Malignant syphilis is clinically characterized by generalized necrotic ulcers covered with dark, rupioid crusts which are preceded by prodromal symptoms of fever, headache and myalgia. The development of malignant syphilis has been linked to the weakening of the host immune status. It is believed that HIV-induced immunodeficiency favors the predominance of the agent in the agent-host contest which may alter the classical clinical course of syphilis and produce unusual syphilitic manifestations. However, malignant syphilis is not exclusive to HIV-positive patients and is also associated with chronic alcoholism, malnutrition, hepatitis, pregnancy, diabetes, repeated infections and fatal blow. In our case, the probable triggers were excessive alcohol consumption and malnutrition. Poor personal hygiene and impaired skin barrier caused by malignant syphilis also led to myiasis, which is a rare parasitic disease in the non-pastoral areas, especially in North-east China. The diagnosis of malignant syphilis is based on the clinical manifestations, serological findings and histopathological findings of lymphocytic infiltrates among plasma cells in the dermis. It is worth mentioning that syphilis serology can be negative in HIV-positive patients, or due to the so-called syphilis prozone phenomenon. Furthermore, the titer of non-treponemal test antigen is not directly related to the severity and duration of the disease. Neurosyphilis can be seen in malignant syphilis; however, in our patient, there were no symptoms or signs suggestive of neurological involvement and the treatment resulted in satisfactory reduction in RPR titer. Hence, cerebrospinal fluid assessment was not performed. The treatment schedule for malignant syphilis is the same as for late latent syphilis. Ceftriaxone or tetracyclines can be used in patients who are allergic to penicillin. Usually, malignant syphilis rapidly responds to appropriate therapy; however, in the absence of treatment, the infection can progress to late stages with poorer prognosis. Thus, awareness regarding the clinicopathological manifestations is necessary for the diagnosis of this rare disease and its presence should alert the health care provider to consider HIV co-infection and other potential causes for immune dysfunction.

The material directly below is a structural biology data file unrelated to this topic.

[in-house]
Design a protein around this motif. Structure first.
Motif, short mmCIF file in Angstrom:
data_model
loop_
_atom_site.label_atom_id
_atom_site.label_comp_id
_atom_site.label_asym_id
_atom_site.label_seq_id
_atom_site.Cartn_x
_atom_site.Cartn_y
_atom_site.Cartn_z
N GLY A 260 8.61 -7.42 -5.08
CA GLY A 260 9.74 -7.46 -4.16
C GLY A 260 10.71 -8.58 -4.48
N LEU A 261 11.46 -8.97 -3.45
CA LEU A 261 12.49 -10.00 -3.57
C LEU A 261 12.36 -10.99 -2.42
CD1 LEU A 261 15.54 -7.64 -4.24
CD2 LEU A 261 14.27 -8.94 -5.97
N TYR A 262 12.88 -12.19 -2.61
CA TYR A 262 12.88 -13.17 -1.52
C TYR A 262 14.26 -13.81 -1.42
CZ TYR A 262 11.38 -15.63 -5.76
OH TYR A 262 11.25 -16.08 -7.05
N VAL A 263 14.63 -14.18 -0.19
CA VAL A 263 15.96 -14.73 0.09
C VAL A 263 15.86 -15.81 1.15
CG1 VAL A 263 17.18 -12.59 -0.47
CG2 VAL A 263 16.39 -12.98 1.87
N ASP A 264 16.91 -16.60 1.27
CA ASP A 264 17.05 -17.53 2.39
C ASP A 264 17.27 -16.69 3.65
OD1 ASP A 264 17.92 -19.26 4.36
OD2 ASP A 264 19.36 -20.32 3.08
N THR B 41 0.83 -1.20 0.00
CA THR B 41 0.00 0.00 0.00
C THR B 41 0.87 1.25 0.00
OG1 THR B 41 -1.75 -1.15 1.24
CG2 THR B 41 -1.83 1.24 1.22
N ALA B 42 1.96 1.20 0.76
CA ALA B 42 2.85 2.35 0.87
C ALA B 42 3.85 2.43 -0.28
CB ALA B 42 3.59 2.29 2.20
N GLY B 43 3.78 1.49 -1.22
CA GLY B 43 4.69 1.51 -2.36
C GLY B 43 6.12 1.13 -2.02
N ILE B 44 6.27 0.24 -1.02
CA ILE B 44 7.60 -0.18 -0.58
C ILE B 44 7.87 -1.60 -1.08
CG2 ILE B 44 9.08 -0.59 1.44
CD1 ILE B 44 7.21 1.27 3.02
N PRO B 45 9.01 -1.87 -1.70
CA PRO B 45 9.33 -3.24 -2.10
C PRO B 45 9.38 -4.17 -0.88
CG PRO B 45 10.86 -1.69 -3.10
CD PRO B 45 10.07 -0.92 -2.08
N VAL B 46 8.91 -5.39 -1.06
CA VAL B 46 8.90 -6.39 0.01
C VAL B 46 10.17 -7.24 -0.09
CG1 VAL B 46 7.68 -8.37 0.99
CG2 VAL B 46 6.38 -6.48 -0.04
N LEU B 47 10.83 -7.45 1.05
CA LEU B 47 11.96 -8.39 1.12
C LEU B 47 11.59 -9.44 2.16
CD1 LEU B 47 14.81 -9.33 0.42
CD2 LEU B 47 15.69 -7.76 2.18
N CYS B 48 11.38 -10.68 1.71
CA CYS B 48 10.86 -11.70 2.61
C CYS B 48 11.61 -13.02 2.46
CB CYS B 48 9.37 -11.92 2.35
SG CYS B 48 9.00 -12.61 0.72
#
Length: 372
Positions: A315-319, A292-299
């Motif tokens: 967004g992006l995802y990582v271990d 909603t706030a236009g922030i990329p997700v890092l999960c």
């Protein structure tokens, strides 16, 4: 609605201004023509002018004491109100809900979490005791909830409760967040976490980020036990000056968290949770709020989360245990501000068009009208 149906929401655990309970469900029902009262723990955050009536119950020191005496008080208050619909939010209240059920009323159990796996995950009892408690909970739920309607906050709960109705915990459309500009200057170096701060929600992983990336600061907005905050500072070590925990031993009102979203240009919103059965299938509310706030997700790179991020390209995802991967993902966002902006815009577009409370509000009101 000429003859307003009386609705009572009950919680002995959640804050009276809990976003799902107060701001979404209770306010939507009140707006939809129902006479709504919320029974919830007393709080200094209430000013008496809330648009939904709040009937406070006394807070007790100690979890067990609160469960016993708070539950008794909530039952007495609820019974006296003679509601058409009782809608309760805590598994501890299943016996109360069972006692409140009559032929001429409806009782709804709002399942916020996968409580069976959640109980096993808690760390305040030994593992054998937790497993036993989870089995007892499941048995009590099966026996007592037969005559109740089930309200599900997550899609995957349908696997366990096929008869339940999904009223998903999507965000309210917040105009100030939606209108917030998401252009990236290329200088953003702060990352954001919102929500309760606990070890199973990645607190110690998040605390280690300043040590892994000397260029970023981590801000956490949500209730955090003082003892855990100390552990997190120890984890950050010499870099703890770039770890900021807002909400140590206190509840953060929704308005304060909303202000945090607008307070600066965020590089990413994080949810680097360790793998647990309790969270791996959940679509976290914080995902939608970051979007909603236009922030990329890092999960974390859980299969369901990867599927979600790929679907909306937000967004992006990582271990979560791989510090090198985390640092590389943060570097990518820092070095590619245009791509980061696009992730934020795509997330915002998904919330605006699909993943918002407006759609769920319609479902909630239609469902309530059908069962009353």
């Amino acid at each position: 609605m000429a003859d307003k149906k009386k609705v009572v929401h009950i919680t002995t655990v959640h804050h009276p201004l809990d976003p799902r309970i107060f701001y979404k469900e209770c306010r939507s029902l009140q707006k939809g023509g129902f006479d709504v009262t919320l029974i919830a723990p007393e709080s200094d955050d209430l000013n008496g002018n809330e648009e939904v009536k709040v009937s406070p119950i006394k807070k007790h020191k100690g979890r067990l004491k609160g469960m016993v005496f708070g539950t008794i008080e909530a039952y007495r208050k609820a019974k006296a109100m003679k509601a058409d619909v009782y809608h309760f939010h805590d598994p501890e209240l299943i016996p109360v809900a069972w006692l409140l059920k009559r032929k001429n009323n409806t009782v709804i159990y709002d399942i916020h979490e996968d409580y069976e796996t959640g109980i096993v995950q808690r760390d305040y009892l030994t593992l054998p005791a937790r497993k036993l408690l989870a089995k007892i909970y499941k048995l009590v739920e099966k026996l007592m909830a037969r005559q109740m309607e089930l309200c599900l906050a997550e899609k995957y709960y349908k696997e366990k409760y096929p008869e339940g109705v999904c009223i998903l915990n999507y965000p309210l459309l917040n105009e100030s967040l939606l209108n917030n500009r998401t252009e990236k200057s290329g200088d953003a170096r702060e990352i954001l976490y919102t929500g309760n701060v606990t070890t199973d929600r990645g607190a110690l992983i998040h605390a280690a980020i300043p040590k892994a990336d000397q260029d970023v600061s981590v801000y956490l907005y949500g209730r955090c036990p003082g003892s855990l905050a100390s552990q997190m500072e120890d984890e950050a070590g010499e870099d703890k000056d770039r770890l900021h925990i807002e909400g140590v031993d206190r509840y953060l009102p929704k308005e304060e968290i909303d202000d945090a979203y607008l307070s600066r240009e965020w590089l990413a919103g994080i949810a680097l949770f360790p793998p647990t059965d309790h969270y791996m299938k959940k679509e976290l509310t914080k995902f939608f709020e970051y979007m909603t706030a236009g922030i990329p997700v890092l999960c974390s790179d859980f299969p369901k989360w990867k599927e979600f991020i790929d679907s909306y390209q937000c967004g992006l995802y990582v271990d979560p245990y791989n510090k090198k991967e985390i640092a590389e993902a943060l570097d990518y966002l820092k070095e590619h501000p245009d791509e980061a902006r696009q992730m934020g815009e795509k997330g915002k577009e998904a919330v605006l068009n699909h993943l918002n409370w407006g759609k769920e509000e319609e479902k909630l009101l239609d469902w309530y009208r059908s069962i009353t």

Declaration of patient consent
The authors certify that they have obtained all appropriate patient consent forms. In the form, the patient has given his consent for his images and other clinical information to be reported in the journal. The patient understands that name and initials will not be published and due efforts will be made to conceal identity, but anonymity cannot be guaranteed.
Financial support and sponsorship
Conflicts of interest
There are no conflicts of interest.
Corti M, Solari R, De Carolis L, Figueiras O, Vittar N, Maronna E, et al. Malignant syphilis in a patient infected by human immunodeficiency virus. Case report and literature review. Rev Chilena Infectol 2012;29:678-81.[Google Scholar]
García-Martínez FJ, Fernandez-Redondo V, Sanchez-Aguilar D, Toribio J. Malignant syphilis in an immunocompetent patient. Actas Dermosifiliogr 2012;103:437-9.[Google Scholar]
Farhi D, Benhaddou N, Grange P, Zizi N, Deleuze J, Morini JP, et al. Clinical and serologic baseline and follow-up features of syphilis according to HIV status in the post-HAART era. Medicine (Baltimore) 2009;88:331-40.[Google Scholar]
Watson KM, White JM, Salisbury JR, Creamer D. Lues maligna. Clin Exp Dermatol 2004;29:625-7.[Google Scholar]
Yamashita M, Fujii Y, Ozaki K, Urano Y, Iwasa M, Nakamura S, et al. Human immunodeficiency virus-positive secondary syphilis mimicking cutaneous T-cell lymphoma. Diagn Pathol 2015;10:185.[Google Scholar]